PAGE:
At the Roy and Helen Hall Memorial Library in downtown McKinney, Rachel Hughes settles in for an impromptu storytime with her two kids, 2-year-old Andrew and 11-month-old Caleb. She reads to them in English today, but starting this fall her kids can hear stories in French, Hindi, Korean, Malay and Farsi.
"I have seen almost all those nationalities at story time, so I think it's wonderful," said Hughes.
McKinney Public Library is expanding from an existing English/Spanish bilingual storytime to a multilingual one.
"The growth that we've had here, it's coming from all over the world. It's a major impact in a pretty short amount of time,” said Director of Libraries Spencer Smith.
The latest news from around North Texas.
Smith said the library looked at the languages spoken at home by McKinney ISD students, library patrons and library staff, and worked to represent as many as possible.
"We thought: how big can we go?" said Smith. "How many cultures are there in McKinney and Collin County that we serve and then how many of those can we incorporate to represent everyone?" Smith said.
He said it's an opportunity to share cultures in a multicultural city.
"Learn how to say hello and thank you and get that basic understanding of their neighbors," added Smith.
The library experimented with different language storytimes earlier this summer and found the storytimes appealed to a wide group of cultures, including English-only speakers.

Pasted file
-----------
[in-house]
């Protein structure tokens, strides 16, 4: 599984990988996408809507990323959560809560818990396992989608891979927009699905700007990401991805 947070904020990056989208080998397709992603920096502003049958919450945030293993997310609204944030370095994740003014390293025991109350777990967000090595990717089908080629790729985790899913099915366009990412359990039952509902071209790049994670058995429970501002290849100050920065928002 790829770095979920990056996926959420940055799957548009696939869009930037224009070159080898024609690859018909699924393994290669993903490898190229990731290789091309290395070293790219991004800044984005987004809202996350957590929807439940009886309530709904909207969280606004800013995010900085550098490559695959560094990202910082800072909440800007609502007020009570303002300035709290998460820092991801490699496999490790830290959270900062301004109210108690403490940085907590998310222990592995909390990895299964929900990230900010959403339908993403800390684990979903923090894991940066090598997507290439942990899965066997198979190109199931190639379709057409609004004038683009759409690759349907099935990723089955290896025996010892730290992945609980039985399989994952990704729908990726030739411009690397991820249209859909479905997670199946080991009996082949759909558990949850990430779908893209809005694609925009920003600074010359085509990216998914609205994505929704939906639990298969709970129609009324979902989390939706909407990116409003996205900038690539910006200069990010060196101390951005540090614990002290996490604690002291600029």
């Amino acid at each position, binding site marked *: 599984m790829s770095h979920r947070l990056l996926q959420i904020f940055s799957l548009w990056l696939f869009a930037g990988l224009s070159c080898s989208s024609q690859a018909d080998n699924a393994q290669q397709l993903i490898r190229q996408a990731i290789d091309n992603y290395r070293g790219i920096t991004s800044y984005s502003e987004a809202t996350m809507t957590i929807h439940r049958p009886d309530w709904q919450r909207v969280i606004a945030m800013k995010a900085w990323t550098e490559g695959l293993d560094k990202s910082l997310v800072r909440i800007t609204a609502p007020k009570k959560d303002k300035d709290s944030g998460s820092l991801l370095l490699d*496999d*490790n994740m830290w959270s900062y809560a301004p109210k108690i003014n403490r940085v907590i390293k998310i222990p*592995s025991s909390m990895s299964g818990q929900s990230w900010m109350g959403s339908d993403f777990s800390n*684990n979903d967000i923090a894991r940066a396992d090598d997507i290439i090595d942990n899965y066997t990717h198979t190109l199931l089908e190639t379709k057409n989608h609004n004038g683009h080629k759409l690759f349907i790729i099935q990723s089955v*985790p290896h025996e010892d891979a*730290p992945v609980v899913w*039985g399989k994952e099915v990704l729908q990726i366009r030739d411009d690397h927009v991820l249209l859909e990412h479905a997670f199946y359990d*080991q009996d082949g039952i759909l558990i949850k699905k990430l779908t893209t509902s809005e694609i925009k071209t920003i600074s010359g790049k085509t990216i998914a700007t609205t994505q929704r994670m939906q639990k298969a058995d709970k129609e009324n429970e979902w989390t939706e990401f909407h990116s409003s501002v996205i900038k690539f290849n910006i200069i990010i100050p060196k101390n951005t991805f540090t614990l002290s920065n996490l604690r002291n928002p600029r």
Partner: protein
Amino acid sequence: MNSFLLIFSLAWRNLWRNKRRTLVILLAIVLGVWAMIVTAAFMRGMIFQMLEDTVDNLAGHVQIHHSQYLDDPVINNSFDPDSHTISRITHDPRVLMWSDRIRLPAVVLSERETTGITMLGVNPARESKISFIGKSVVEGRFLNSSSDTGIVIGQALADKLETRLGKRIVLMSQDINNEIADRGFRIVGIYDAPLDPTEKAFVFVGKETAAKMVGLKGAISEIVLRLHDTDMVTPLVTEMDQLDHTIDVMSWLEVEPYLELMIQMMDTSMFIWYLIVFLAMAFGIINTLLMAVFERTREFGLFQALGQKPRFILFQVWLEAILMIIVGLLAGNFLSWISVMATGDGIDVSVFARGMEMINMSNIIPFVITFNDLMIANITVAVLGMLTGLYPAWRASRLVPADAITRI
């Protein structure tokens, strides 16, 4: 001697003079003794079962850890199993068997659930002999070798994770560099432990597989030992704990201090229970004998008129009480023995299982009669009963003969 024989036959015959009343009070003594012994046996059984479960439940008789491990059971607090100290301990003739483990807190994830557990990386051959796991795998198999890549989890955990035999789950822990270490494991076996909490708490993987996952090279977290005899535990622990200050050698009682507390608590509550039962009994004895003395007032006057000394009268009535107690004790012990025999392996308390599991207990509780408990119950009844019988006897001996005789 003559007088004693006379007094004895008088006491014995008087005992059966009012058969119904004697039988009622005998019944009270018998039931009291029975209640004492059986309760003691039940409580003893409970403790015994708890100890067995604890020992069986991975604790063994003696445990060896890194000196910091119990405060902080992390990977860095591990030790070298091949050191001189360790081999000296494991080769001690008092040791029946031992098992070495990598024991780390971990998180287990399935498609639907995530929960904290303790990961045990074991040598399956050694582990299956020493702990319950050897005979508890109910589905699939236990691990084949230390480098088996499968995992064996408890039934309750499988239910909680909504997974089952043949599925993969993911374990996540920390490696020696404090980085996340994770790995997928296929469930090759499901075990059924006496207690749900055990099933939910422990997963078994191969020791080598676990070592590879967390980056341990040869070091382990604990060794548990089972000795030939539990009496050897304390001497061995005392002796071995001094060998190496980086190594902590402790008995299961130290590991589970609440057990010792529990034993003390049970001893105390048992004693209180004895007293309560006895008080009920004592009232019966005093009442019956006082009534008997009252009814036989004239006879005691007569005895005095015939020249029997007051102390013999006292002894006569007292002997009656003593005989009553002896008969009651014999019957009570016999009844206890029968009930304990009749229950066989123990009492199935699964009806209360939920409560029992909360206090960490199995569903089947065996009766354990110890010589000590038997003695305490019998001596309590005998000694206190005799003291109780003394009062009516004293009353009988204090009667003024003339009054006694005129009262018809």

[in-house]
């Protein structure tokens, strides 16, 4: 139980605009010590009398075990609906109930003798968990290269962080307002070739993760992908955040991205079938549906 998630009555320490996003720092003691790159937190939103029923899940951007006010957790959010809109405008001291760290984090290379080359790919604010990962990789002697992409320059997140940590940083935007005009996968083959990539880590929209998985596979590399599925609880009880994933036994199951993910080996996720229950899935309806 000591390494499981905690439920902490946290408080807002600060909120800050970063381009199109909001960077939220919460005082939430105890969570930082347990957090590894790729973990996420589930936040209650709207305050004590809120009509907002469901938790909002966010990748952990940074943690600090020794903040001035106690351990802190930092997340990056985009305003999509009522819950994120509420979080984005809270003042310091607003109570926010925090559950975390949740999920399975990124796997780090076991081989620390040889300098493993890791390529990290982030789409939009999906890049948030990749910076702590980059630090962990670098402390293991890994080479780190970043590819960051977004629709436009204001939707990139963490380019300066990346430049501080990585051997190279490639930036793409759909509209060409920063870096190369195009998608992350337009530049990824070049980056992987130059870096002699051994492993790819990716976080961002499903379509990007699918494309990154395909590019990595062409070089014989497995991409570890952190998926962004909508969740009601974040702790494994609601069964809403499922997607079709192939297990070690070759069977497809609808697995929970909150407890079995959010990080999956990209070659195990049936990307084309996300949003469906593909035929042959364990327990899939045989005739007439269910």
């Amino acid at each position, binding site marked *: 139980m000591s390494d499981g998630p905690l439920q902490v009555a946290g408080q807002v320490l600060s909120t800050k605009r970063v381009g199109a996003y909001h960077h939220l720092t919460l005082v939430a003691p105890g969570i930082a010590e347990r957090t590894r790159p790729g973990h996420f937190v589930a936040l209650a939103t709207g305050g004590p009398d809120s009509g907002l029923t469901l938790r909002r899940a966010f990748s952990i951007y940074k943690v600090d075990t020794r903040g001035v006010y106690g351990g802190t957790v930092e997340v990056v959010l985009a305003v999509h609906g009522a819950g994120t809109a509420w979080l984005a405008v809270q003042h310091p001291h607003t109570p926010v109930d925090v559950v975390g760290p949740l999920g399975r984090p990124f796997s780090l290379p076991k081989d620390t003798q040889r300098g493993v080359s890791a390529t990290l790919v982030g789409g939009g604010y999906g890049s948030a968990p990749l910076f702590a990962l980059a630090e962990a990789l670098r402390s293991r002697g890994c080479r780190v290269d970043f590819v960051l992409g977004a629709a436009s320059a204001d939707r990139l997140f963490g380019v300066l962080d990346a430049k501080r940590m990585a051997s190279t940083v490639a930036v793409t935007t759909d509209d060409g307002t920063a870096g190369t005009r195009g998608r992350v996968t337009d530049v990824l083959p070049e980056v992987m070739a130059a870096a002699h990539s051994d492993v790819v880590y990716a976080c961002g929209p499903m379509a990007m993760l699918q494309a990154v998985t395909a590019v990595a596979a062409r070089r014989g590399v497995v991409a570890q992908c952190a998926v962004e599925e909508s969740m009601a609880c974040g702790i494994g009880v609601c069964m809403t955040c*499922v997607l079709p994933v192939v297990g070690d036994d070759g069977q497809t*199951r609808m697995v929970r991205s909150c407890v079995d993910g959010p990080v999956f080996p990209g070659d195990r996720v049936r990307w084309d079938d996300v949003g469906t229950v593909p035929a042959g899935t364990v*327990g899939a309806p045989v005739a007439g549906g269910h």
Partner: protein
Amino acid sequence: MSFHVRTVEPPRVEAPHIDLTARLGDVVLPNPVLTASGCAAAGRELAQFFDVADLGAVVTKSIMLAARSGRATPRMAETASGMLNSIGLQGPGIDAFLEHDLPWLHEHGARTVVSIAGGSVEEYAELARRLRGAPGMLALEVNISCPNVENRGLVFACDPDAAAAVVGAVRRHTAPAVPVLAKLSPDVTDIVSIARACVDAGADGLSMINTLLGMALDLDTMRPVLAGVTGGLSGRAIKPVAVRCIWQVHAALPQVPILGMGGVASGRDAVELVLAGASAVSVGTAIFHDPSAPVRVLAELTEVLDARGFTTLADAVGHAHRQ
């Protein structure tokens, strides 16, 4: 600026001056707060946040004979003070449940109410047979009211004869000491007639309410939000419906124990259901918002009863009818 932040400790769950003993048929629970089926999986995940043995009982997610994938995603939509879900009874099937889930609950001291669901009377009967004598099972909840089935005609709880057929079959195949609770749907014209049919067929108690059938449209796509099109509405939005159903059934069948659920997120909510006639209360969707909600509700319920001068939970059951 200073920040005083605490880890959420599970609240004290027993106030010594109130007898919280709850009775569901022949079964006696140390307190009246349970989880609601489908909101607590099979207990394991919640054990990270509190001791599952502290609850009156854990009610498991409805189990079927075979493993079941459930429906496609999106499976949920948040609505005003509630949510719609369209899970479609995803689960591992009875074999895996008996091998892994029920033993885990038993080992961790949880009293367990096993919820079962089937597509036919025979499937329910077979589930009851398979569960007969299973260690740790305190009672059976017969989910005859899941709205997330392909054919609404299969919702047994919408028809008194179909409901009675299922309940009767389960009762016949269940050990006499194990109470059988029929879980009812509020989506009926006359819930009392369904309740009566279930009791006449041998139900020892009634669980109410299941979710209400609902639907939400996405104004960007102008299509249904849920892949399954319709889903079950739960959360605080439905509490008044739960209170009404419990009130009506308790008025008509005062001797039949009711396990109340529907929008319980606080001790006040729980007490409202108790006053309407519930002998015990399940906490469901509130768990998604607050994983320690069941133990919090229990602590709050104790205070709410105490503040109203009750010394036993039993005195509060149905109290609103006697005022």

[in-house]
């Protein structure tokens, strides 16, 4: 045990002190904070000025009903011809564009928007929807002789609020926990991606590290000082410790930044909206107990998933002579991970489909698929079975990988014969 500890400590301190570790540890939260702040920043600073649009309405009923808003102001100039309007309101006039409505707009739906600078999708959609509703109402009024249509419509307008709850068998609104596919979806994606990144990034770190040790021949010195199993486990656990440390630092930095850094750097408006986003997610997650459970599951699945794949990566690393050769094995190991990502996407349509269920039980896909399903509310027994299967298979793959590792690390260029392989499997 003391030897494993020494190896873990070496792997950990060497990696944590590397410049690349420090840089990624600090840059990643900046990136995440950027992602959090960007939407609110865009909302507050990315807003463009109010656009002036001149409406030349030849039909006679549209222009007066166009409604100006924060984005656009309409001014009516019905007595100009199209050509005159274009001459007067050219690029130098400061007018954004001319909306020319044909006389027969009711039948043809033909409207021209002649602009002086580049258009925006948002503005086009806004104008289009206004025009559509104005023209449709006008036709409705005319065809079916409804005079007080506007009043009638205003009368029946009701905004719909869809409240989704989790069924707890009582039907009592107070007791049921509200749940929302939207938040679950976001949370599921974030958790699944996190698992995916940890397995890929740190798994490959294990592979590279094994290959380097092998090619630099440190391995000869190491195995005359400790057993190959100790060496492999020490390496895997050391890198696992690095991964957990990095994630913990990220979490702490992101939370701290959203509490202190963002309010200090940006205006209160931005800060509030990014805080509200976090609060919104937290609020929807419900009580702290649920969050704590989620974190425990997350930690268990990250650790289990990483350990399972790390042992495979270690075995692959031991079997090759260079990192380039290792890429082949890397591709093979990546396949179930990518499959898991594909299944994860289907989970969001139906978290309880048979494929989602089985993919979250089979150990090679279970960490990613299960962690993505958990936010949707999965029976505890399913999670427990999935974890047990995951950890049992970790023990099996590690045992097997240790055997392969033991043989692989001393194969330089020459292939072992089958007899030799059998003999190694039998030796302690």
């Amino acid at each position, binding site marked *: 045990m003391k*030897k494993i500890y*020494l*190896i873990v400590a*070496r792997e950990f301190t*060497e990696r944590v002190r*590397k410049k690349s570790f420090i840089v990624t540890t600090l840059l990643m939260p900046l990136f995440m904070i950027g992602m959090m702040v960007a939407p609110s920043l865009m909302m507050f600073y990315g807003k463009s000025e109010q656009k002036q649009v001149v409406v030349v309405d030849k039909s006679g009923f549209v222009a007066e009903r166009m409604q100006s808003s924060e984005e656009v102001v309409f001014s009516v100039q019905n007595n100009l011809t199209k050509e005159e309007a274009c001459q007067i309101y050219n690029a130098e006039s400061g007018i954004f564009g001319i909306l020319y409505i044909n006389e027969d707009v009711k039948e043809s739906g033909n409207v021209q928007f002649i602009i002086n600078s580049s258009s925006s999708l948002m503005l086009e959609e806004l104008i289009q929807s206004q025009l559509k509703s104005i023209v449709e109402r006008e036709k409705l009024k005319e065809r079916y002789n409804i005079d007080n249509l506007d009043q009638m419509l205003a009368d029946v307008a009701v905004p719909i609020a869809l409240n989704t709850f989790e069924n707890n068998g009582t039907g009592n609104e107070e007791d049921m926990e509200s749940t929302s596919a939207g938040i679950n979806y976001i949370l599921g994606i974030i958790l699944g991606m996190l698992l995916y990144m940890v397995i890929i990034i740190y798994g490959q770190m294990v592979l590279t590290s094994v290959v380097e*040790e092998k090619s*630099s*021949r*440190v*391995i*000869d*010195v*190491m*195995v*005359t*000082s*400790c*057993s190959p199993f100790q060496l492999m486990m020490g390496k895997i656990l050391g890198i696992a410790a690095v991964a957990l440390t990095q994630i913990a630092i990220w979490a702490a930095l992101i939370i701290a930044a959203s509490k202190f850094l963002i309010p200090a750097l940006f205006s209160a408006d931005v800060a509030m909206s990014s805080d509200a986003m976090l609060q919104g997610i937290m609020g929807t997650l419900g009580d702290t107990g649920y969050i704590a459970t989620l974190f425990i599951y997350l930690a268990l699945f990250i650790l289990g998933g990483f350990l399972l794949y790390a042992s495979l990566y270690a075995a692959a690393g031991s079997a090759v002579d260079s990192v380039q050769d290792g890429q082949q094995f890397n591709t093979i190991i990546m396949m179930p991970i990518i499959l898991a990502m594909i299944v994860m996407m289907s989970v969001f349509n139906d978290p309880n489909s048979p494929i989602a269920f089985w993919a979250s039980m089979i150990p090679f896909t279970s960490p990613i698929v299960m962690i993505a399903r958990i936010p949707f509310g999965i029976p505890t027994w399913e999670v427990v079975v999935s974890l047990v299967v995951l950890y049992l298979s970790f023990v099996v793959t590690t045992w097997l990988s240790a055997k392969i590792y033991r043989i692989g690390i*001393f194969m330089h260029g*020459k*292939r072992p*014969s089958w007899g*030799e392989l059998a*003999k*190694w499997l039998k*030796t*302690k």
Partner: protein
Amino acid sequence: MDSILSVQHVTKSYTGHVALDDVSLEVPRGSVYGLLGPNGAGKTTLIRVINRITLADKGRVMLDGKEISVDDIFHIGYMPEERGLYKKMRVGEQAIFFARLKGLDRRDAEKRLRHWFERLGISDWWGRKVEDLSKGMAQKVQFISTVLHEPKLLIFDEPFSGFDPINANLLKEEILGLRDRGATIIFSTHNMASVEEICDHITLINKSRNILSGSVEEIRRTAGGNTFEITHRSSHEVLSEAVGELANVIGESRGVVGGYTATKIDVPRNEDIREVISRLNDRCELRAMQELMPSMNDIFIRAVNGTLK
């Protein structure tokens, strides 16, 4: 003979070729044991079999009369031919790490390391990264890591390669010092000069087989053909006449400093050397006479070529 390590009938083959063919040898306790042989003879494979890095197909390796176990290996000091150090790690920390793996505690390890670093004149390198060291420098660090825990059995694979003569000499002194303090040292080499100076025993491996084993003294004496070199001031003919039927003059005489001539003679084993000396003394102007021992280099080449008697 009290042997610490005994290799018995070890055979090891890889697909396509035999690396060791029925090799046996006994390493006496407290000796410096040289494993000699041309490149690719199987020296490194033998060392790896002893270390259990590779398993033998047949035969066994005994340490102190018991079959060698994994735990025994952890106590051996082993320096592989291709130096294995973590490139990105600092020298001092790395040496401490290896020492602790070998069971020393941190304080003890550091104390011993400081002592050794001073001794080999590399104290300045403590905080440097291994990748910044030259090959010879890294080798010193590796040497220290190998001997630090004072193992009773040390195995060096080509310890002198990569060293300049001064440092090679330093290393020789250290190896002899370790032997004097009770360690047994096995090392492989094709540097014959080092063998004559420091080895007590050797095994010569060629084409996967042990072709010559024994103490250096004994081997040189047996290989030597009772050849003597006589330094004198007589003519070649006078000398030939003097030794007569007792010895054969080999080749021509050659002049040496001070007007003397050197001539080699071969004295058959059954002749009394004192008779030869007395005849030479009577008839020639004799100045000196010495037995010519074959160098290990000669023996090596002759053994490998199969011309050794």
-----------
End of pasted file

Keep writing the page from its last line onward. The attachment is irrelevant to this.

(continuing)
"It's not just for people who can speak those languages or who are part of those cultures," said Manager of Programs Gary Landeck. "We've noticed people who are not part of that culture at all want to just come in."
"It's people who want to expose their kids to the world and the world is in McKinney,” explained Smith.
According to Collin County, a language other than English is spoken in almost one in four homes.
The U.S. Census estimates 19.7% of the Collin County population is foreign born, more than the estimated 16% in Tarrant County and nearly as much as the 24% in Dallas County.
Israel Baasha said his family speak Hebrew and Spanish at home. He especially likes for his young son to play with children from other cultures.
"I see his interaction with all the other children of different nationalities and hear all the different languages. He just gets out there and has a good time with that," said Baasha.
"You can see it anywhere in the grocery store," said Hughes. "There's a lot of different languages spoken, so for the library to embrace that - that's wonderful."
Starting in September, the multilingual storytime program will be held at 11:15 a.m. on Wednesdays at the Roy and Helen Hall Memorial Library.
The library is putting the call out for volunteers to help start a Chinese, Arabic and American Sign Language storytime.